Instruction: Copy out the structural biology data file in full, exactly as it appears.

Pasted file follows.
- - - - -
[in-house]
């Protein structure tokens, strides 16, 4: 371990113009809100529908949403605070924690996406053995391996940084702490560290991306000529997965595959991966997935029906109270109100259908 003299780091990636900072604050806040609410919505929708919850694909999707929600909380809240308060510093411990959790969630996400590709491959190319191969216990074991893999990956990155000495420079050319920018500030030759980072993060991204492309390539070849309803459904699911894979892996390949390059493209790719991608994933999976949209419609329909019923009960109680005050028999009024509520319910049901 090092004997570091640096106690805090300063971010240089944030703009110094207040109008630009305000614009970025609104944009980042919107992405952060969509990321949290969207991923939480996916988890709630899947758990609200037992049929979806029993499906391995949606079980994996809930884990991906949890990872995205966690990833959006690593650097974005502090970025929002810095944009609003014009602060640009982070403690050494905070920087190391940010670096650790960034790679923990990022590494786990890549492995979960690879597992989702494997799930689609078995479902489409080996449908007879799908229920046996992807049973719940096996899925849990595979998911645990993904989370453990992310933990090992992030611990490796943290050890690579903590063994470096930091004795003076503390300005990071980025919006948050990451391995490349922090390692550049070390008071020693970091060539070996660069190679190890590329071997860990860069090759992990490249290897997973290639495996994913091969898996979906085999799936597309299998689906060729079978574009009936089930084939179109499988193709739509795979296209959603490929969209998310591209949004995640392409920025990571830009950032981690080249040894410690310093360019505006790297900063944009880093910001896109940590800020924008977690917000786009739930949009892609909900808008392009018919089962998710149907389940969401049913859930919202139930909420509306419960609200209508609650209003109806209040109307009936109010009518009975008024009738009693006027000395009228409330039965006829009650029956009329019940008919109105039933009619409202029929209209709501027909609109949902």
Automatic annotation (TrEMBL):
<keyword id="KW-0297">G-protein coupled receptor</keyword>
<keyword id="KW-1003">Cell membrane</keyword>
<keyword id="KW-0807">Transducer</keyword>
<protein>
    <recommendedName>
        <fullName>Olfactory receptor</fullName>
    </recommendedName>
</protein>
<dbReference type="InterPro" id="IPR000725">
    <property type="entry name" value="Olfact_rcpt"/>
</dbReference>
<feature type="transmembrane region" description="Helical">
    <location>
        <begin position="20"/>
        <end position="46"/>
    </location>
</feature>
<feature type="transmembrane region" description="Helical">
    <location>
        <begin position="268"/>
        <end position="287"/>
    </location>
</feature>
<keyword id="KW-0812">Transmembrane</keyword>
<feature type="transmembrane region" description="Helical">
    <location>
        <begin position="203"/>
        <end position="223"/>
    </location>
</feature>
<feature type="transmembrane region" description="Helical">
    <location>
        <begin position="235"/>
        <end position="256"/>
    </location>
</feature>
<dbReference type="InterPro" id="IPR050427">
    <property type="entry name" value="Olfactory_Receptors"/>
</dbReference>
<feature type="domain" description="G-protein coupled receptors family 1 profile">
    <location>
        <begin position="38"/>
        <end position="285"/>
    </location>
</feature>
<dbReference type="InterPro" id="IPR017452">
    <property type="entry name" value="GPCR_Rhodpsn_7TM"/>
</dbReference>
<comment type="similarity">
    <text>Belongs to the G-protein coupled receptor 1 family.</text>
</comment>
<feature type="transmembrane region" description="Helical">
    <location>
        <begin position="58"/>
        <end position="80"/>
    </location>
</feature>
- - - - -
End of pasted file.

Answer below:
[in-house]
């Protein structure tokens, strides 16, 4: 371990113009809100529908949403605070924690996406053995391996940084702490560290991306000529997965595959991966997935029906109270109100259908 003299780091990636900072604050806040609410919505929708919850694909999707929600909380809240308060510093411990959790969630996400590709491959190319191969216990074991893999990956990155000495420079050319920018500030030759980072993060991204492309390539070849309803459904699911894979892996390949390059493209790719991608994933999976949209419609329909019923009960109680005050028999009024509520319910049901 090092004997570091640096106690805090300063971010240089944030703009110094207040109008630009305000614009970025609104944009980042919107992405952060969509990321949290969207991923939480996916988890709630899947758990609200037992049929979806029993499906391995949606079980994996809930884990991906949890990872995205966690990833959006690593650097974005502090970025929002810095944009609003014009602060640009982070403690050494905070920087190391940010670096650790960034790679923990990022590494786990890549492995979960690879597992989702494997799930689609078995479902489409080996449908007879799908229920046996992807049973719940096996899925849990595979998911645990993904989370453990992310933990090992992030611990490796943290050890690579903590063994470096930091004795003076503390300005990071980025919006948050990451391995490349922090390692550049070390008071020693970091060539070996660069190679190890590329071997860990860069090759992990490249290897997973290639495996994913091969898996979906085999799936597309299998689906060729079978574009009936089930084939179109499988193709739509795979296209959603490929969209998310591209949004995640392409920025990571830009950032981690080249040894410690310093360019505006790297900063944009880093910001896109940590800020924008977690917000786009739930949009892609909900808008392009018919089962998710149907389940969401049913859930919202139930909420509306419960609200209508609650209003109806209040109307009936109010009518009975008024009738009693006027000395009228409330039965006829009650029956009329019940008919109105039933009619409202029929209209709501027909609109949902």
Automatic annotation (TrEMBL):
<keyword id="KW-0297">G-protein coupled receptor</keyword>
<keyword id="KW-1003">Cell membrane</keyword>
<keyword id="KW-0807">Transducer</keyword>
<protein>
    <recommendedName>
        <fullName>Olfactory receptor</fullName>
    </recommendedName>
</protein>
<dbReference type="InterPro" id="IPR000725">
    <property type="entry name" value="Olfact_rcpt"/>
</dbReference>
<feature type="transmembrane region" description="Helical">
    <location>
        <begin position="20"/>
        <end position="46"/>
    </location>
</feature>
<feature type="transmembrane region" description="Helical">
    <location>
        <begin position="268"/>
        <end position="287"/>
    </location>
</feature>
<keyword id="KW-0812">Transmembrane</keyword>
<feature type="transmembrane region" description="Helical">
    <location>
        <begin position="203"/>
        <end position="223"/>
    </location>
</feature>
<feature type="transmembrane region" description="Helical">
    <location>
        <begin position="235"/>
        <end position="256"/>
    </location>
</feature>
<dbReference type="InterPro" id="IPR050427">
    <property type="entry name" value="Olfactory_Receptors"/>
</dbReference>
<feature type="domain" description="G-protein coupled receptors family 1 profile">
    <location>
        <begin position="38"/>
        <end position="285"/>
    </location>
</feature>
<dbReference type="InterPro" id="IPR017452">
    <property type="entry name" value="GPCR_Rhodpsn_7TM"/>
</dbReference>
<comment type="similarity">
    <text>Belongs to the G-protein coupled receptor 1 family.</text>
</comment>
<feature type="transmembrane region" description="Helical">
    <location>
        <begin position="58"/>
        <end position="80"/>
    </location>
</feature>